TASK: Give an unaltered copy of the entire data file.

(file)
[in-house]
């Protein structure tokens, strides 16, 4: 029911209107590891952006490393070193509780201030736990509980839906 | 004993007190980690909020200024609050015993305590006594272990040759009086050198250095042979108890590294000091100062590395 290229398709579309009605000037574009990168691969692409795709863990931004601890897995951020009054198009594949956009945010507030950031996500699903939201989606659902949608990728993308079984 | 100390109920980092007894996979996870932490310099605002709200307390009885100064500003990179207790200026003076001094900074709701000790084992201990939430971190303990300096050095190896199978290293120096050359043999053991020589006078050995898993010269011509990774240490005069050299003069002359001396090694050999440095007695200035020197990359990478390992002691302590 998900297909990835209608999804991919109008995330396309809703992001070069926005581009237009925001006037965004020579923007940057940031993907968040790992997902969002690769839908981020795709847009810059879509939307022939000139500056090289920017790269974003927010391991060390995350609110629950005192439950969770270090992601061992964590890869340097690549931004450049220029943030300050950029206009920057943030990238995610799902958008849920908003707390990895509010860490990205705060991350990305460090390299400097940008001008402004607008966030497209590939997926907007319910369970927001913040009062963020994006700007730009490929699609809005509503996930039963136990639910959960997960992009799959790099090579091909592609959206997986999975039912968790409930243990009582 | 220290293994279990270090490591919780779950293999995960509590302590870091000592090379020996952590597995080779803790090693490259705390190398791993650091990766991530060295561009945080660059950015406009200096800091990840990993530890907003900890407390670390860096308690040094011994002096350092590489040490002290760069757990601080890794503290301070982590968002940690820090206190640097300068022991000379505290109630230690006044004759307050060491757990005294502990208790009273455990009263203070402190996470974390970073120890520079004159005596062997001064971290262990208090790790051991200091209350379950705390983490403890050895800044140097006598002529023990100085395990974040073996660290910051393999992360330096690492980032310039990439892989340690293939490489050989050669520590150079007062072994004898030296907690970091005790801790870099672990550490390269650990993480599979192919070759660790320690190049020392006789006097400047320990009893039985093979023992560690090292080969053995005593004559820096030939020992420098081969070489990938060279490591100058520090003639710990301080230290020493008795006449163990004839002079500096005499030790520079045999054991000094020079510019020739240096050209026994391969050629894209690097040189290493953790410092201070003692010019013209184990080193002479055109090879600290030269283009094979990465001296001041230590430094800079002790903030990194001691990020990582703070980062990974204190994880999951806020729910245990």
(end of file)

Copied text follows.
[in-house]
């Protein structure tokens, strides 16, 4: 029911209107590891952006490393070193509780201030736990509980839906 | 004993007190980690909020200024609050015993305590006594272990040759009086050198250095042979108890590294000091100062590395 290229398709579309009605000037574009990168691969692409795709863990931004601890897995951020009054198009594949956009945010507030950031996500699903939201989606659902949608990728993308079984 | 100390109920980092007894996979996870932490310099605002709200307390009885100064500003990179207790200026003076001094900074709701000790084992201990939430971190303990300096050095190896199978290293120096050359043999053991020589006078050995898993010269011509990774240490005069050299003069002359001396090694050999440095007695200035020197990359990478390992002691302590 998900297909990835209608999804991919109008995330396309809703992001070069926005581009237009925001006037965004020579923007940057940031993907968040790992997902969002690769839908981020795709847009810059879509939307022939000139500056090289920017790269974003927010391991060390995350609110629950005192439950969770270090992601061992964590890869340097690549931004450049220029943030300050950029206009920057943030990238995610799902958008849920908003707390990895509010860490990205705060991350990305460090390299400097940008001008402004607008966030497209590939997926907007319910369970927001913040009062963020994006700007730009490929699609809005509503996930039963136990639910959960997960992009799959790099090579091909592609959206997986999975039912968790409930243990009582 | 220290293994279990270090490591919780779950293999995960509590302590870091000592090379020996952590597995080779803790090693490259705390190398791993650091990766991530060295561009945080660059950015406009200096800091990840990993530890907003900890407390670390860096308690040094011994002096350092590489040490002290760069757990601080890794503290301070982590968002940690820090206190640097300068022991000379505290109630230690006044004759307050060491757990005294502990208790009273455990009263203070402190996470974390970073120890520079004159005596062997001064971290262990208090790790051991200091209350379950705390983490403890050895800044140097006598002529023990100085395990974040073996660290910051393999992360330096690492980032310039990439892989340690293939490489050989050669520590150079007062072994004898030296907690970091005790801790870099672990550490390269650990993480599979192919070759660790320690190049020392006789006097400047320990009893039985093979023992560690090292080969053995005593004559820096030939020992420098081969070489990938060279490591100058520090003639710990301080230290020493008795006449163990004839002079500096005499030790520079045999054991000094020079510019020739240096050209026994391969050629894209690097040189290493953790410092201070003692010019013209184990080193002479055109090879600290030269283009094979990465001296001041230590430094800079002790903030990194001691990020990582703070980062990974204190994880999951806020729910245990």